Third, we have started a comprehensive dialogue with Afghanistan on migration. Let us be clear on this: managing human mobility is an interest we share with the Afghan people. We both want the Afghan youth to find better opportunities at home. We both want to prevent that the people of Afghanistan risk their lives in dangerous journeys across the world. We both want that those who return home can have the opportunity to a better life.
To this end, we have already mobilised almost €200 million Euros to ensure the returnees' reintegration into society. And we will continue to work in the framework of the Joint Way Forward: a common political engagement for managing migration in a sustainable way, based on solidarity and dialogue.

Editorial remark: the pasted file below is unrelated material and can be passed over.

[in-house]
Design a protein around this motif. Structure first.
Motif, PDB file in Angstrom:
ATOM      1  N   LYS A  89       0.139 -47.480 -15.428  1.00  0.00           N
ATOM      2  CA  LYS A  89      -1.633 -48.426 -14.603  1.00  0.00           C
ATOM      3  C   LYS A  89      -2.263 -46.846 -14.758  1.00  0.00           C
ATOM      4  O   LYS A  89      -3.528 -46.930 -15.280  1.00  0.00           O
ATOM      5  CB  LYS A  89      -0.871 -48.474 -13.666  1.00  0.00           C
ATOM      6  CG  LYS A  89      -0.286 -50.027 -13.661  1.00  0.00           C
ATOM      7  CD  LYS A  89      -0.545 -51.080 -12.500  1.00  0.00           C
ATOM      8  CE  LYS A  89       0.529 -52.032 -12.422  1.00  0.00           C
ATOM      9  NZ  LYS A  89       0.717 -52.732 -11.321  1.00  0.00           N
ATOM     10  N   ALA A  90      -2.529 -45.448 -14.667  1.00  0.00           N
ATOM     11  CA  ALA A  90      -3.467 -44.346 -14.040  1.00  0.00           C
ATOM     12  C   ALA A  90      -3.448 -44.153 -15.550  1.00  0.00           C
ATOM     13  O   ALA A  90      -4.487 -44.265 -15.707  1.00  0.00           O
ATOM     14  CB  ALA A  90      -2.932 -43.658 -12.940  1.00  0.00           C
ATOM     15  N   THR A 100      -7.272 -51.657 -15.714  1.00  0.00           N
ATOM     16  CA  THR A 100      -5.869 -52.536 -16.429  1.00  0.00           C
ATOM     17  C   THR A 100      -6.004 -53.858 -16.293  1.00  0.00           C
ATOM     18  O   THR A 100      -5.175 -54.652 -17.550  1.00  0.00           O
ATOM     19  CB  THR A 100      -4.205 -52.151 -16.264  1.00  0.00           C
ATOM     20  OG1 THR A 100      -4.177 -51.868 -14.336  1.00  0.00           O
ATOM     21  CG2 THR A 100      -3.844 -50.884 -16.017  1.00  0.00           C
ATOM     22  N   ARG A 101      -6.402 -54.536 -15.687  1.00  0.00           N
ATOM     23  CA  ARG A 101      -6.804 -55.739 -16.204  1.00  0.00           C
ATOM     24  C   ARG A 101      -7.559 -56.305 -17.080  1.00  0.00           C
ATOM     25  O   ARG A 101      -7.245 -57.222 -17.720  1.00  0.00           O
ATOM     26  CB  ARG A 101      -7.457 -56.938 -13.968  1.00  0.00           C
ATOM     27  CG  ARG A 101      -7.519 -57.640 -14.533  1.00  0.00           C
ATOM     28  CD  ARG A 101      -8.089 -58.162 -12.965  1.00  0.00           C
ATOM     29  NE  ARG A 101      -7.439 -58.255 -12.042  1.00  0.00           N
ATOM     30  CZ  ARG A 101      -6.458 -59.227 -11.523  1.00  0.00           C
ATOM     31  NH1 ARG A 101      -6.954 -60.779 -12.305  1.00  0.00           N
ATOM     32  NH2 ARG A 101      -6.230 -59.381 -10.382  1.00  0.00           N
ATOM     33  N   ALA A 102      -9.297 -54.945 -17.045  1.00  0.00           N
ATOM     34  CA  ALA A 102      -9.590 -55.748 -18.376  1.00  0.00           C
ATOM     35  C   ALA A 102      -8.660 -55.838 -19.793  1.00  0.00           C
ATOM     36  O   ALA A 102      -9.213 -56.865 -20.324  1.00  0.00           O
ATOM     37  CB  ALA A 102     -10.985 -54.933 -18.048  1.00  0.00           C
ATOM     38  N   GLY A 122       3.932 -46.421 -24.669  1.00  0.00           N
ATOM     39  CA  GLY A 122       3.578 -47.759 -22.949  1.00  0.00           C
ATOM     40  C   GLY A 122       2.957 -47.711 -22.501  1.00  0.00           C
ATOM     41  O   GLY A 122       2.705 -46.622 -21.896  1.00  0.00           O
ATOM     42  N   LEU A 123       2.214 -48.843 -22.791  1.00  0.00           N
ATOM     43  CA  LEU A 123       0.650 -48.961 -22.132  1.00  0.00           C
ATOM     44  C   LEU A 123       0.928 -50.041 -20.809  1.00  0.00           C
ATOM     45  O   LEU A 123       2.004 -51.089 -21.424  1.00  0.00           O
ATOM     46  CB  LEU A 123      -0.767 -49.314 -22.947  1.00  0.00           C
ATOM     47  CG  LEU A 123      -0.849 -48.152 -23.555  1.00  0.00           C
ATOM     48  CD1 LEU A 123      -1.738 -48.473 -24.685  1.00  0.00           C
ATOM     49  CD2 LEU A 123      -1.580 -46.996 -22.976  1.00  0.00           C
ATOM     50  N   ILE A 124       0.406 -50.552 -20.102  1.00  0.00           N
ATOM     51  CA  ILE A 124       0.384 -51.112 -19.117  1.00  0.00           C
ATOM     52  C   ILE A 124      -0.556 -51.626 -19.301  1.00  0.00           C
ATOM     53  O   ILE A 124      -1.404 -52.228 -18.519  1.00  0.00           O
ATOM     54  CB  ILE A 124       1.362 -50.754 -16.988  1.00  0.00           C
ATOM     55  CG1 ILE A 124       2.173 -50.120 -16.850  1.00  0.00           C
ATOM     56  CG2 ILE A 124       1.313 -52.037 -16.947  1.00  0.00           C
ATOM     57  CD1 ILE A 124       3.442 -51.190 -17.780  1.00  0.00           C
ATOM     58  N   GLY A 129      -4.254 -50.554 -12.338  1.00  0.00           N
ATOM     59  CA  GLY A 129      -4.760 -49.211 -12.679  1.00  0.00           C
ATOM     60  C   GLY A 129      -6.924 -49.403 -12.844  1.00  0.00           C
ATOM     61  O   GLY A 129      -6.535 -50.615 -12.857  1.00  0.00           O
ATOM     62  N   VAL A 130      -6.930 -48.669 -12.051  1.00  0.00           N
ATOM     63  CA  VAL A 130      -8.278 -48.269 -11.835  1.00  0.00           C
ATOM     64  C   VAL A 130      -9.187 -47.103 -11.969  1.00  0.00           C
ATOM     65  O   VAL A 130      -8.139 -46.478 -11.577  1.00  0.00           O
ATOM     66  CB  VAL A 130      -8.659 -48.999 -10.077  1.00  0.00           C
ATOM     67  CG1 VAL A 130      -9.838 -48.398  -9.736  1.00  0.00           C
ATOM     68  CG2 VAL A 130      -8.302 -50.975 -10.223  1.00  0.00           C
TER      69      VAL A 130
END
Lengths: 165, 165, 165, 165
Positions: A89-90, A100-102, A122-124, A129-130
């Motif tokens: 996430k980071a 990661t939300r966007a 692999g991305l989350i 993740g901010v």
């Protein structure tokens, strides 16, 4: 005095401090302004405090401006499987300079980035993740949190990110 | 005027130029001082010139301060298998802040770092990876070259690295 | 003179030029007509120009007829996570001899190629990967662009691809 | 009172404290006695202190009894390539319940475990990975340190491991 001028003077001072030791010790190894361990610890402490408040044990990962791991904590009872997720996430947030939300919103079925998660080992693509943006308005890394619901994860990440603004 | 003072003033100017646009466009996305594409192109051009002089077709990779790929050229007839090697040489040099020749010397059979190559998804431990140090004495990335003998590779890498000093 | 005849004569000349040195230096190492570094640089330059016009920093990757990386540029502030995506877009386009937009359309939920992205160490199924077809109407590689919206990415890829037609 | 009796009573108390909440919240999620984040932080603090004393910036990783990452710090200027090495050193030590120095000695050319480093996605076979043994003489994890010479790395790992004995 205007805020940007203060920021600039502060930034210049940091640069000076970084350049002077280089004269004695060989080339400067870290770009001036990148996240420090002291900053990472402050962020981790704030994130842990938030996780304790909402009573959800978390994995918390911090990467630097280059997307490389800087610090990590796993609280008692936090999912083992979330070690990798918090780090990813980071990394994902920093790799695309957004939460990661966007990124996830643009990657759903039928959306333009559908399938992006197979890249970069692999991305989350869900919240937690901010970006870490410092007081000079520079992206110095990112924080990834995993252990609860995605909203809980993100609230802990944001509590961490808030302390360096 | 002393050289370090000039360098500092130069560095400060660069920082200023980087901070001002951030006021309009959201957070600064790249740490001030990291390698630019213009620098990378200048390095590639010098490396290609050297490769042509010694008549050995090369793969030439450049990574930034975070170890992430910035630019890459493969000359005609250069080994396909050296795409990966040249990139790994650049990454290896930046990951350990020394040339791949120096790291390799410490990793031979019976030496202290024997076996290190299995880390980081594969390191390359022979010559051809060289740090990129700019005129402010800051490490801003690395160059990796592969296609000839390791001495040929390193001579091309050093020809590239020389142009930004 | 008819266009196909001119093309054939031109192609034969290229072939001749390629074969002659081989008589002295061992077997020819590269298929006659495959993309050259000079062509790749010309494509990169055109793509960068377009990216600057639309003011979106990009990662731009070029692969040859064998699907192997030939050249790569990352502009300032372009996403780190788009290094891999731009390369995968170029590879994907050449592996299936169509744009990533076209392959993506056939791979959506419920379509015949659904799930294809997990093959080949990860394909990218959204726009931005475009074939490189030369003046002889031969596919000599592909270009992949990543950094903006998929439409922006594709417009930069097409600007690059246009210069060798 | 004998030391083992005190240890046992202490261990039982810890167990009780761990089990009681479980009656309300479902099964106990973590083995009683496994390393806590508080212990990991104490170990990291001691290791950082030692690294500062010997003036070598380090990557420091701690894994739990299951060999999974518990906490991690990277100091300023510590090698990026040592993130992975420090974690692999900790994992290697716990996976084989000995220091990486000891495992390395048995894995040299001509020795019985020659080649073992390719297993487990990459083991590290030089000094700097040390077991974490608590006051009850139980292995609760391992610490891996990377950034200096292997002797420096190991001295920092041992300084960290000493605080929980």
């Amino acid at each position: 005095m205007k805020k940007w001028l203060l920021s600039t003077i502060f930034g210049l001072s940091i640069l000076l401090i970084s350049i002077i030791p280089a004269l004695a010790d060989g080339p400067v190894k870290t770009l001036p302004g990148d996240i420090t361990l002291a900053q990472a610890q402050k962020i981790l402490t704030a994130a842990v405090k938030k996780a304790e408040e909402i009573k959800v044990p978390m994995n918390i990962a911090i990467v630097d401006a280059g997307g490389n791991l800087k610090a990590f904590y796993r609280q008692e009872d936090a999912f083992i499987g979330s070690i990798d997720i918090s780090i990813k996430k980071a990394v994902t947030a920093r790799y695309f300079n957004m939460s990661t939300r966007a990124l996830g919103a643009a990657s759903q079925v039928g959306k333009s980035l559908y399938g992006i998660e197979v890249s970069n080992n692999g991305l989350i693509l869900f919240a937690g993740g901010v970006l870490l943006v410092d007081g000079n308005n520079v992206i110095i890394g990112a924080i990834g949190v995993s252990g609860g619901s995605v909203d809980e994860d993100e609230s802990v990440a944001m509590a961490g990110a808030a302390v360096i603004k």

Finally, we are working to strengthen democracy in the country, the rule of law and promoting good governance. Part of this work is the fight against corruption. The Afghan government has stepped up its anti-corruption measures and adopted in October a national anti-corruption strategy. Implementation of this strategy is now what truly matters.
We also, as the European Union, continue to support the civilian aspects of the security sector reform: a new police advisory project will be launched soon.
In 2018, Afghanistan is expected to hold parliamentary and district elections, followed by presidential elections in 2019. These elections need to be transparent, credible and inclusive, including for women. The Afghan authorities still need to implement a thorough electoral reform to ensure the trust of the electoral stakeholders in the process.We have already committed around €19 million to support and accompany a democratic electoral process.